- Negotiating with the prosecutor to dismiss charges for lack of evidence or civil rights violations during the arrest
- An acquittal of DUI charges by a jury or a non-jury trial
- Entering into a deferred sentence
If the DUI charges against you seem unlikely to be dismissed, your attorney will try to mitigate the damaging consequences of a conviction. Negotiating a deferred sentence with the prosecutor or judge may be in your best interests.
A Washington State deferred DUI prosecution will allow you to avoid mandatory time in prison and a permanent criminal record.
What You Should Consider Before Entering into a Deferred DUI Prosecution in Washington State
There are several factors to consider before entering into a deferred DUI in Washington State, including:
- A deferred sentence is still considered a DUI offense. Even after your charges are dismissed, the deferred DUI prosecution can be used as a prior offense should you ever be charged with driving under the influence in the future.
- You are only eligible for a deferred sentence one time. Depending on your particular circumstances, your DUI lawyer may advise a different strategy.
- A deferred DUI is a plea bargain. As such, you waive all rights to fight the charge during trial. If you fail to comply with all the conditions of the deferred sentence, you will automatically be found guilty of the original charges.
- A deferred sentence involves a detailed and extensive treatment plan. All the costs associated with the terms of the deferred sentencing fall to the defendant. If you cannot afford to stay in compliance, this option may not best.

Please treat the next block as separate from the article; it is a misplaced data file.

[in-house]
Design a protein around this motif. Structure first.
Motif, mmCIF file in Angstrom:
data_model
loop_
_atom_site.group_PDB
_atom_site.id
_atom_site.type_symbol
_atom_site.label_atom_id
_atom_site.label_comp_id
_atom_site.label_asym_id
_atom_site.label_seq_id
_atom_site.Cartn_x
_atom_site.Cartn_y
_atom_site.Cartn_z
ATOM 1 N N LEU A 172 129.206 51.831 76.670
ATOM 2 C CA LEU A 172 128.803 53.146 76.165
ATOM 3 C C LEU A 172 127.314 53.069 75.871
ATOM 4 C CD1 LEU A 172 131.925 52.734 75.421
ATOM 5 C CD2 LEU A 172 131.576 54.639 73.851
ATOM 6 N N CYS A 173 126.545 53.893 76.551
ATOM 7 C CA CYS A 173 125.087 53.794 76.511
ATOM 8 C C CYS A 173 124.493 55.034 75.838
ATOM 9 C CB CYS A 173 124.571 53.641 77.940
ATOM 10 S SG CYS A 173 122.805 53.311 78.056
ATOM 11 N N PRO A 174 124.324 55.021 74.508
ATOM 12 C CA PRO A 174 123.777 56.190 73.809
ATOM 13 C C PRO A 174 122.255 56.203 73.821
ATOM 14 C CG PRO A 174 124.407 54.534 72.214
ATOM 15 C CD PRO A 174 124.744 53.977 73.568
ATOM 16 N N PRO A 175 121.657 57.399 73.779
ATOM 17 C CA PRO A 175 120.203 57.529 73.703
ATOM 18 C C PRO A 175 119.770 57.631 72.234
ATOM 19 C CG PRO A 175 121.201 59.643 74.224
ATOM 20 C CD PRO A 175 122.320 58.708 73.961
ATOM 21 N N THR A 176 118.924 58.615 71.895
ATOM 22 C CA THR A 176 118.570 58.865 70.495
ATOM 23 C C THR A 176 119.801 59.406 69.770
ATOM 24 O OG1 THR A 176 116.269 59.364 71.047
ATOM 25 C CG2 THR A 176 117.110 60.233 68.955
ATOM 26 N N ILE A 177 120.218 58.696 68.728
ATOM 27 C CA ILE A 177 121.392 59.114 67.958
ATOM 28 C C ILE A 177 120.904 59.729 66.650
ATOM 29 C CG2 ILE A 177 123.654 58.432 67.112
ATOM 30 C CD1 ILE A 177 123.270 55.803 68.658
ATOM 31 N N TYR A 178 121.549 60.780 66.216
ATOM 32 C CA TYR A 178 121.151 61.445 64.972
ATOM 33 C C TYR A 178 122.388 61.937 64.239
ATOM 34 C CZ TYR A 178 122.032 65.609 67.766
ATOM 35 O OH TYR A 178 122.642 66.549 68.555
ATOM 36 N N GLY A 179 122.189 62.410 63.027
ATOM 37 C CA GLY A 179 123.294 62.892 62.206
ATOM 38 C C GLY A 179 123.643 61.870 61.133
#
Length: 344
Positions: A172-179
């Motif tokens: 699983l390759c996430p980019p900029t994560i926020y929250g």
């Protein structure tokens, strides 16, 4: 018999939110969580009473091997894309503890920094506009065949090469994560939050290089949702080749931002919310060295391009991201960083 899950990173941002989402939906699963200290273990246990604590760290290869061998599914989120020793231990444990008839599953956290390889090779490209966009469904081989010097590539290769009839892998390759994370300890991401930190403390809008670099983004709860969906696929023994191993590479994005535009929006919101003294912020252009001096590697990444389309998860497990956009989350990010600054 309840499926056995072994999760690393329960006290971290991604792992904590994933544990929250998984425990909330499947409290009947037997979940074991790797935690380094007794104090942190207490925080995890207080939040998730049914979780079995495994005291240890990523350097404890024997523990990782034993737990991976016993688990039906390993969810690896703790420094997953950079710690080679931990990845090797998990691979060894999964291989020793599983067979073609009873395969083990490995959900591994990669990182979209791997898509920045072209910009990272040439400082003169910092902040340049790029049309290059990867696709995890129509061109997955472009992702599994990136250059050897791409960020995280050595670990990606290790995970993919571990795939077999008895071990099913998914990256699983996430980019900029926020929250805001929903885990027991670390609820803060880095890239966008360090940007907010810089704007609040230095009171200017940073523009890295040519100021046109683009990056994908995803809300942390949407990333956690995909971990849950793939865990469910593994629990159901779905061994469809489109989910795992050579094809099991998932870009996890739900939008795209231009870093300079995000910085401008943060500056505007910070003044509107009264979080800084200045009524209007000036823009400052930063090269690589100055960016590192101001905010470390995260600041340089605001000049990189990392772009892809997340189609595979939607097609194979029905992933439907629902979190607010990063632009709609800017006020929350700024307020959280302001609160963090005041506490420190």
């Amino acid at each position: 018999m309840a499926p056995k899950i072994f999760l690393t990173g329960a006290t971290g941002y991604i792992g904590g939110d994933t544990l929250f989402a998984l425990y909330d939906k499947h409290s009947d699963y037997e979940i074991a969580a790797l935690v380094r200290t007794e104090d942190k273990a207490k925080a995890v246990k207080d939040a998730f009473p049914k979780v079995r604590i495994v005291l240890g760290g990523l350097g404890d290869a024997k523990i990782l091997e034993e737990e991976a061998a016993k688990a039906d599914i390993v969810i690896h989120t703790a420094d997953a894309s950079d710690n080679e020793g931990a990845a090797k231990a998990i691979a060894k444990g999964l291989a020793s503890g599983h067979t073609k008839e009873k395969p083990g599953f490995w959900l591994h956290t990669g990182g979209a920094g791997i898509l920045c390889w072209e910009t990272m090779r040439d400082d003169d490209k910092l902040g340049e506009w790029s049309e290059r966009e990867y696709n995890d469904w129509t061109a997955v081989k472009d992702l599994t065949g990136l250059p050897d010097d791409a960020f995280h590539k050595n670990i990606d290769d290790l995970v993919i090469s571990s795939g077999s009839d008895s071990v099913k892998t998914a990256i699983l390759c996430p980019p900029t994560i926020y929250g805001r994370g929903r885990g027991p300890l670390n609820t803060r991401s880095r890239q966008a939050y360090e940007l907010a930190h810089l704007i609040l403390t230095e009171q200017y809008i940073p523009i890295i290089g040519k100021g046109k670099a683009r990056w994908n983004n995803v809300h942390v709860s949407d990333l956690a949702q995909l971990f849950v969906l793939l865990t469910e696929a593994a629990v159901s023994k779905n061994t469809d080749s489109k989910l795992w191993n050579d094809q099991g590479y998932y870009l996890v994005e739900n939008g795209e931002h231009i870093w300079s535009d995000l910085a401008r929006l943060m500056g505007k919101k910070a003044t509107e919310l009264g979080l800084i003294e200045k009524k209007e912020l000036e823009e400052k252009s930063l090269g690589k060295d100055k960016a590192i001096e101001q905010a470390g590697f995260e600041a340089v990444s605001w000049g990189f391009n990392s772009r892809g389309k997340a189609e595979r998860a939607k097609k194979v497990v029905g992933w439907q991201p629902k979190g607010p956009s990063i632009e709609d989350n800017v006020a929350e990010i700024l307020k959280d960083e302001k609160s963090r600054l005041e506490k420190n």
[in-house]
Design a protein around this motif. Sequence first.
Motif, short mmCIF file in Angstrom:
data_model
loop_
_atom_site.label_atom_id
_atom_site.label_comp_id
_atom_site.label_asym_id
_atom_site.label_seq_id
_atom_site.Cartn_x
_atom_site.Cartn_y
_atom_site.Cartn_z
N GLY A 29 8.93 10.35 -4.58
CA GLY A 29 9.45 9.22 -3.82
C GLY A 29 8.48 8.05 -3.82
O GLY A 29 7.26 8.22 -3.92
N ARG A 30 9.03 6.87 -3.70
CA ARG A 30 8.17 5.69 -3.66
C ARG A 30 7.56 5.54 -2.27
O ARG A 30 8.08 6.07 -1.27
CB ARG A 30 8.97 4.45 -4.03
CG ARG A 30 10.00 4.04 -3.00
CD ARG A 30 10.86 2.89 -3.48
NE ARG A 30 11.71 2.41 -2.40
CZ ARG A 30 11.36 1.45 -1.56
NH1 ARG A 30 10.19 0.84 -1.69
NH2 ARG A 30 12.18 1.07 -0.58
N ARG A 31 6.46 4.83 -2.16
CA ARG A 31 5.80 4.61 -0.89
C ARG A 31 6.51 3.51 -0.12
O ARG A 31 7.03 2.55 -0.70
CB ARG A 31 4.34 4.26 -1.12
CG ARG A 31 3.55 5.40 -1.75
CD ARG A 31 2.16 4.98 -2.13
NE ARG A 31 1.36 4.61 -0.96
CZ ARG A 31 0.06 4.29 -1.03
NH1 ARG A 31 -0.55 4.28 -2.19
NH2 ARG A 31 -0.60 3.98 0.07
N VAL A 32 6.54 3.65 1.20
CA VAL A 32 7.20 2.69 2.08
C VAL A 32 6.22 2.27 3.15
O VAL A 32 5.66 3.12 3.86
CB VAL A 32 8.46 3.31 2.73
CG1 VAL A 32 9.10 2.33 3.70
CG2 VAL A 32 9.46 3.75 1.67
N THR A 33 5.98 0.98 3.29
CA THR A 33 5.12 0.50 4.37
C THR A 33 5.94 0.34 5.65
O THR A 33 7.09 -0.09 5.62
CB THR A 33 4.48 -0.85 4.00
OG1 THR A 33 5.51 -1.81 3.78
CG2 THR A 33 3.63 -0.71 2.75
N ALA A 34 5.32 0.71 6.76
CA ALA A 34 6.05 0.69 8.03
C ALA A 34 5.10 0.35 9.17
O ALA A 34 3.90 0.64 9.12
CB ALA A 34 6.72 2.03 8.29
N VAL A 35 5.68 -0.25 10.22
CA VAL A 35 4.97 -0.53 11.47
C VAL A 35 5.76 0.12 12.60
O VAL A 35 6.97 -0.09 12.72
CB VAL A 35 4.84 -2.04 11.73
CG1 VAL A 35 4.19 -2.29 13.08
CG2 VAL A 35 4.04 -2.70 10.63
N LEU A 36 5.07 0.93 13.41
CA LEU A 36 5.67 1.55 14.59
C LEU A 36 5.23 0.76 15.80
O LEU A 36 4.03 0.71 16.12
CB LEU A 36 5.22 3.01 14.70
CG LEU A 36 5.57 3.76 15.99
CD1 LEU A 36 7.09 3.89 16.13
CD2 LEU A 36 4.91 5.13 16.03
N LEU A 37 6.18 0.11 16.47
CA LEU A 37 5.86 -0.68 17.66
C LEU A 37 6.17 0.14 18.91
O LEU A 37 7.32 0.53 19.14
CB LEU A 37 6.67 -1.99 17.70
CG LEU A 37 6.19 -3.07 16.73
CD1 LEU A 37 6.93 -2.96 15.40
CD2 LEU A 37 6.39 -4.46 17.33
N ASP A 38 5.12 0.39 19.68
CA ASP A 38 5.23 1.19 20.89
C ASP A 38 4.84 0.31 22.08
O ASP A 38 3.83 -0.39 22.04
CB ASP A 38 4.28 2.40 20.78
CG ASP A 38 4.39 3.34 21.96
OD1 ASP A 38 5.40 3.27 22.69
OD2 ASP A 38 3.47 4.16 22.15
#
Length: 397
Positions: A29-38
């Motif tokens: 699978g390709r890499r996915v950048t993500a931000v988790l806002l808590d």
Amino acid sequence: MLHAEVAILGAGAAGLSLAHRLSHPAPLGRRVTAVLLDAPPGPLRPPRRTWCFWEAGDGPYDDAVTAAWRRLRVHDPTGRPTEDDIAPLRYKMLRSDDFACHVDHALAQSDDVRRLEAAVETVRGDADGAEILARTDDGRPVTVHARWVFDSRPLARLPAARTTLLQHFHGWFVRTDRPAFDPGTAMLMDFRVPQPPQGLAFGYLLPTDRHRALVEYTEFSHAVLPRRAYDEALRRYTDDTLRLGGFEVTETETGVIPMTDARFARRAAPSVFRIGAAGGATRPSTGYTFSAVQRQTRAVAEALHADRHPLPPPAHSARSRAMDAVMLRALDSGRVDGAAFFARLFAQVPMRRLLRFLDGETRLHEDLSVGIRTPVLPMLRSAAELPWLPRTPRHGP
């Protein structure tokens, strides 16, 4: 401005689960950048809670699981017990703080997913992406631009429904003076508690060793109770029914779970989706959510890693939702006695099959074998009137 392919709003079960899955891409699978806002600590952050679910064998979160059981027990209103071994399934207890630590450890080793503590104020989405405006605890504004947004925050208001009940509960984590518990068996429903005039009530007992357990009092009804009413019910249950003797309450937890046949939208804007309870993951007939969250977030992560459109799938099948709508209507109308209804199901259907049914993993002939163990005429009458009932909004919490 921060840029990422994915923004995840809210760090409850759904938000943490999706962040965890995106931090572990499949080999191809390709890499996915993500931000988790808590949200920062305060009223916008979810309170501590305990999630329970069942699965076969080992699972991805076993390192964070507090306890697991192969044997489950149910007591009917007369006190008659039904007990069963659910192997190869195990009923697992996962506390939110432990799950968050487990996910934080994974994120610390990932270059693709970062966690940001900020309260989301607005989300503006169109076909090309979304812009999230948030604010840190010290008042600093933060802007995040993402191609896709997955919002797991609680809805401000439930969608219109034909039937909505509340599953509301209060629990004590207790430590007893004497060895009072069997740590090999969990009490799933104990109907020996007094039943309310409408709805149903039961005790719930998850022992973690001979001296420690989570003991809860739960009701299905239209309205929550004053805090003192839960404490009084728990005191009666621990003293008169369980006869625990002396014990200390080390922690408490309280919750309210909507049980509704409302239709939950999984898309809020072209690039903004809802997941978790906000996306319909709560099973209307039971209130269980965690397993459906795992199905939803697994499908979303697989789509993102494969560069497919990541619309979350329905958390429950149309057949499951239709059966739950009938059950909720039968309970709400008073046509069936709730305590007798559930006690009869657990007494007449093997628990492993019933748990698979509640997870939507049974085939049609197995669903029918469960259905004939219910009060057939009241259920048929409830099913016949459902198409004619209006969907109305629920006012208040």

- The extensive plan set forth by the court will be time-consuming and costly. It also requires a sincere commitment to mental health and sobriety. Without a genuine commitment, defendants can easily fall out of compliance.
- A deferred DUI prosecution is a legal declaration that you are either suffering from a mental health condition, are an alcoholic, or suffering from drug addiction. A legal and public record of a chemical dependence or mental illness can have long-term consequences on your career, reputation, and personal life.
- During the course of the treatment plan, you are prohibited from drinking alcohol or taking non-prescription drugs. Random drug and alcohol screenings will be a significant part of the court-ordered treatment plan.
- While a DUI conviction involves suspending your license, a deferred sentence allows you to keep your license with some provisions. You can only drive a motor vehicle that is equipped with an ignition interlock device for a set period of time.